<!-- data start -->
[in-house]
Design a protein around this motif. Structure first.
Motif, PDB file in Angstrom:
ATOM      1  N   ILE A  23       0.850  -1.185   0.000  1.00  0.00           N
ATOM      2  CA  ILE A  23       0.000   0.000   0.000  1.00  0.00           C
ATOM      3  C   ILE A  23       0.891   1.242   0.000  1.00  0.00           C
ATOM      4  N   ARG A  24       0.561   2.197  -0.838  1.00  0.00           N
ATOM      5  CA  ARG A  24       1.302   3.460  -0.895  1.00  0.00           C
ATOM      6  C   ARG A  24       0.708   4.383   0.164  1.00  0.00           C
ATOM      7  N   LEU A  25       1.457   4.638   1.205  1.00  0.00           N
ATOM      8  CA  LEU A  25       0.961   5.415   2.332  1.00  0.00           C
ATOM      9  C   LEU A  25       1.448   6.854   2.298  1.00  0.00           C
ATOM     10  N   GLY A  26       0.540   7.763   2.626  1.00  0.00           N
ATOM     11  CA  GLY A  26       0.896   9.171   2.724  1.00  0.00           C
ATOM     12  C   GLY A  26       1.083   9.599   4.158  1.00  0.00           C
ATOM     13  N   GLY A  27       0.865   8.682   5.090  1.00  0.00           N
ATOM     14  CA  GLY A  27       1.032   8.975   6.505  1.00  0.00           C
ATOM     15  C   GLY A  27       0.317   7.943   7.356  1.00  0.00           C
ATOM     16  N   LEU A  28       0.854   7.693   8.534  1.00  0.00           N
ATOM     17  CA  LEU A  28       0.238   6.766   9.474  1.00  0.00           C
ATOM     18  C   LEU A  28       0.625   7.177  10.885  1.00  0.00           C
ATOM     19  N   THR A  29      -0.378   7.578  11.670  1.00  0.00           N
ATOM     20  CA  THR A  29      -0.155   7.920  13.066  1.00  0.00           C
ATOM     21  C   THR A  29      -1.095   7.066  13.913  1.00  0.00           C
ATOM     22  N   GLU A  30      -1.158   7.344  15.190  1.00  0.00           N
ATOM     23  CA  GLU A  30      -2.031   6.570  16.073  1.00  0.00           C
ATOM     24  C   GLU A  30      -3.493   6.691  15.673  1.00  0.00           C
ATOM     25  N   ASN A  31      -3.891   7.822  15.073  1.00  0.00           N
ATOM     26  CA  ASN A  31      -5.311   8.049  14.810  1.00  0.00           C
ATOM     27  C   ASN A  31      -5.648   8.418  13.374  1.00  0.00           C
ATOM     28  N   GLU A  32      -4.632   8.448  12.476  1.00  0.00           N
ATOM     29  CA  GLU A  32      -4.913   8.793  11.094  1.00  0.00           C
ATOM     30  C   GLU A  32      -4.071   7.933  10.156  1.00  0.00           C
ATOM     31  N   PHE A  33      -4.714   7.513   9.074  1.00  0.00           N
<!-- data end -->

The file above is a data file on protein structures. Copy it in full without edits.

[in-house]
Design a protein around this motif. Structure first.
Motif, PDB file in Angstrom:
ATOM      1  N   ILE A  23       0.850  -1.185   0.000  1.00  0.00           N
ATOM      2  CA  ILE A  23       0.000   0.000   0.000  1.00  0.00           C
ATOM      3  C   ILE A  23       0.891   1.242   0.000  1.00  0.00           C
ATOM      4  N   ARG A  24       0.561   2.197  -0.838  1.00  0.00           N
ATOM      5  CA  ARG A  24       1.302   3.460  -0.895  1.00  0.00           C
ATOM      6  C   ARG A  24       0.708   4.383   0.164  1.00  0.00           C
ATOM      7  N   LEU A  25       1.457   4.638   1.205  1.00  0.00           N
ATOM      8  CA  LEU A  25       0.961   5.415   2.332  1.00  0.00           C
ATOM      9  C   LEU A  25       1.448   6.854   2.298  1.00  0.00           C
ATOM     10  N   GLY A  26       0.540   7.763   2.626  1.00  0.00           N
ATOM     11  CA  GLY A  26       0.896   9.171   2.724  1.00  0.00           C
ATOM     12  C   GLY A  26       1.083   9.599   4.158  1.00  0.00           C
ATOM     13  N   GLY A  27       0.865   8.682   5.090  1.00  0.00           N
ATOM     14  CA  GLY A  27       1.032   8.975   6.505  1.00  0.00           C
ATOM     15  C   GLY A  27       0.317   7.943   7.356  1.00  0.00           C
ATOM     16  N   LEU A  28       0.854   7.693   8.534  1.00  0.00           N
ATOM     17  CA  LEU A  28       0.238   6.766   9.474  1.00  0.00           C
ATOM     18  C   LEU A  28       0.625   7.177  10.885  1.00  0.00           C
ATOM     19  N   THR A  29      -0.378   7.578  11.670  1.00  0.00           N
ATOM     20  CA  THR A  29      -0.155   7.920  13.066  1.00  0.00           C
ATOM     21  C   THR A  29      -1.095   7.066  13.913  1.00  0.00           C
ATOM     22  N   GLU A  30      -1.158   7.344  15.190  1.00  0.00           N
ATOM     23  CA  GLU A  30      -2.031   6.570  16.073  1.00  0.00           C
ATOM     24  C   GLU A  30      -3.493   6.691  15.673  1.00  0.00           C
ATOM     25  N   ASN A  31      -3.891   7.822  15.073  1.00  0.00           N
ATOM     26  CA  ASN A  31      -5.311   8.049  14.810  1.00  0.00           C
ATOM     27  C   ASN A  31      -5.648   8.418  13.374  1.00  0.00           C
ATOM     28  N   GLU A  32      -4.632   8.448  12.476  1.00  0.00           N
ATOM     29  CA  GLU A  32      -4.913   8.793  11.094  1.00  0.00           C
ATOM     30  C   GLU A  32      -4.071   7.933  10.156  1.00  0.00           C
ATOM     31  N   PHE A  33      -4.714   7.513   9.074  1.00  0.00           N